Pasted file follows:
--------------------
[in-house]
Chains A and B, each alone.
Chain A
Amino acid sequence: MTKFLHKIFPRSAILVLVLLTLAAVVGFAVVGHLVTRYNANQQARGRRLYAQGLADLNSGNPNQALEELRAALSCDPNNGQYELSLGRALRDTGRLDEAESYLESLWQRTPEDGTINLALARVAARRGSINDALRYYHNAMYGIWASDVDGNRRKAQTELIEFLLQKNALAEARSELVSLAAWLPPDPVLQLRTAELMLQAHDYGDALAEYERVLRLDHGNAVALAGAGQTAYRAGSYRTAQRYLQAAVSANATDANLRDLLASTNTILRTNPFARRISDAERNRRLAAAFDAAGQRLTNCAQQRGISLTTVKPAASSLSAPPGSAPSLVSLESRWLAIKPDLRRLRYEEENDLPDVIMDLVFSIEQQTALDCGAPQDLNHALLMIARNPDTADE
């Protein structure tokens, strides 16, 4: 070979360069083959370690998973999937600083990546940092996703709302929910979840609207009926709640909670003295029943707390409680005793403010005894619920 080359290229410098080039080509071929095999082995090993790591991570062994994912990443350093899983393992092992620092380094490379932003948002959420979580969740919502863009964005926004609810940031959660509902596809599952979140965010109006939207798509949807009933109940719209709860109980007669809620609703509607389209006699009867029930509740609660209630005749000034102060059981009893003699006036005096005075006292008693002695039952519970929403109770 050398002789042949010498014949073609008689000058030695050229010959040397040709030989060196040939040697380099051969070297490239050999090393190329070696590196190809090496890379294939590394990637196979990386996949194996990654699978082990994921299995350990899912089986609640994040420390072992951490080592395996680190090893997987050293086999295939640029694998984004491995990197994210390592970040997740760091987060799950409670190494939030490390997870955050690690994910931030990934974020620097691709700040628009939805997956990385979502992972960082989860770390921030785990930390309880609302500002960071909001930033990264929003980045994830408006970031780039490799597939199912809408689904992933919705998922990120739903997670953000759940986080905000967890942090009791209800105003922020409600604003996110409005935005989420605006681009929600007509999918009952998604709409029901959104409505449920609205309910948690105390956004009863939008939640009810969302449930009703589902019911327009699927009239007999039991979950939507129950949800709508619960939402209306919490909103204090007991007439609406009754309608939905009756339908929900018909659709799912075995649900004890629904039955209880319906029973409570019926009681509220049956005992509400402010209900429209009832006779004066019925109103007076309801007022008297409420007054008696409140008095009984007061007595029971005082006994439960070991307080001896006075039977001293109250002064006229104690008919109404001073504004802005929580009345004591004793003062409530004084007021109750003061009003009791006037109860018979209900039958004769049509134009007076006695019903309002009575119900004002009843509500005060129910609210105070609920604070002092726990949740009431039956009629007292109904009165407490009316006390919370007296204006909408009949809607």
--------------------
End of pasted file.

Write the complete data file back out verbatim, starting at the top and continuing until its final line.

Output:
[in-house]
Chains A and B, each alone.
Chain A
Amino acid sequence: MTKFLHKIFPRSAILVLVLLTLAAVVGFAVVGHLVTRYNANQQARGRRLYAQGLADLNSGNPNQALEELRAALSCDPNNGQYELSLGRALRDTGRLDEAESYLESLWQRTPEDGTINLALARVAARRGSINDALRYYHNAMYGIWASDVDGNRRKAQTELIEFLLQKNALAEARSELVSLAAWLPPDPVLQLRTAELMLQAHDYGDALAEYERVLRLDHGNAVALAGAGQTAYRAGSYRTAQRYLQAAVSANATDANLRDLLASTNTILRTNPFARRISDAERNRRLAAAFDAAGQRLTNCAQQRGISLTTVKPAASSLSAPPGSAPSLVSLESRWLAIKPDLRRLRYEEENDLPDVIMDLVFSIEQQTALDCGAPQDLNHALLMIARNPDTADE
């Protein structure tokens, strides 16, 4: 070979360069083959370690998973999937600083990546940092996703709302929910979840609207009926709640909670003295029943707390409680005793403010005894619920 080359290229410098080039080509071929095999082995090993790591991570062994994912990443350093899983393992092992620092380094490379932003948002959420979580969740919502863009964005926004609810940031959660509902596809599952979140965010109006939207798509949807009933109940719209709860109980007669809620609703509607389209006699009867029930509740609660209630005749000034102060059981009893003699006036005096005075006292008693002695039952519970929403109770 050398002789042949010498014949073609008689000058030695050229010959040397040709030989060196040939040697380099051969070297490239050999090393190329070696590196190809090496890379294939590394990637196979990386996949194996990654699978082990994921299995350990899912089986609640994040420390072992951490080592395996680190090893997987050293086999295939640029694998984004491995990197994210390592970040997740760091987060799950409670190494939030490390997870955050690690994910931030990934974020620097691709700040628009939805997956990385979502992972960082989860770390921030785990930390309880609302500002960071909001930033990264929003980045994830408006970031780039490799597939199912809408689904992933919705998922990120739903997670953000759940986080905000967890942090009791209800105003922020409600604003996110409005935005989420605006681009929600007509999918009952998604709409029901959104409505449920609205309910948690105390956004009863939008939640009810969302449930009703589902019911327009699927009239007999039991979950939507129950949800709508619960939402209306919490909103204090007991007439609406009754309608939905009756339908929900018909659709799912075995649900004890629904039955209880319906029973409570019926009681509220049956005992509400402010209900429209009832006779004066019925109103007076309801007022008297409420007054008696409140008095009984007061007595029971005082006994439960070991307080001896006075039977001293109250002064006229104690008919109404001073504004802005929580009345004591004793003062409530004084007021109750003061009003009791006037109860018979209900039958004769049509134009007076006695019903309002009575119900004002009843509500005060129910609210105070609920604070002092726990949740009431039956009629007292109904009165407490009316006390919370007296204006909408009949809607």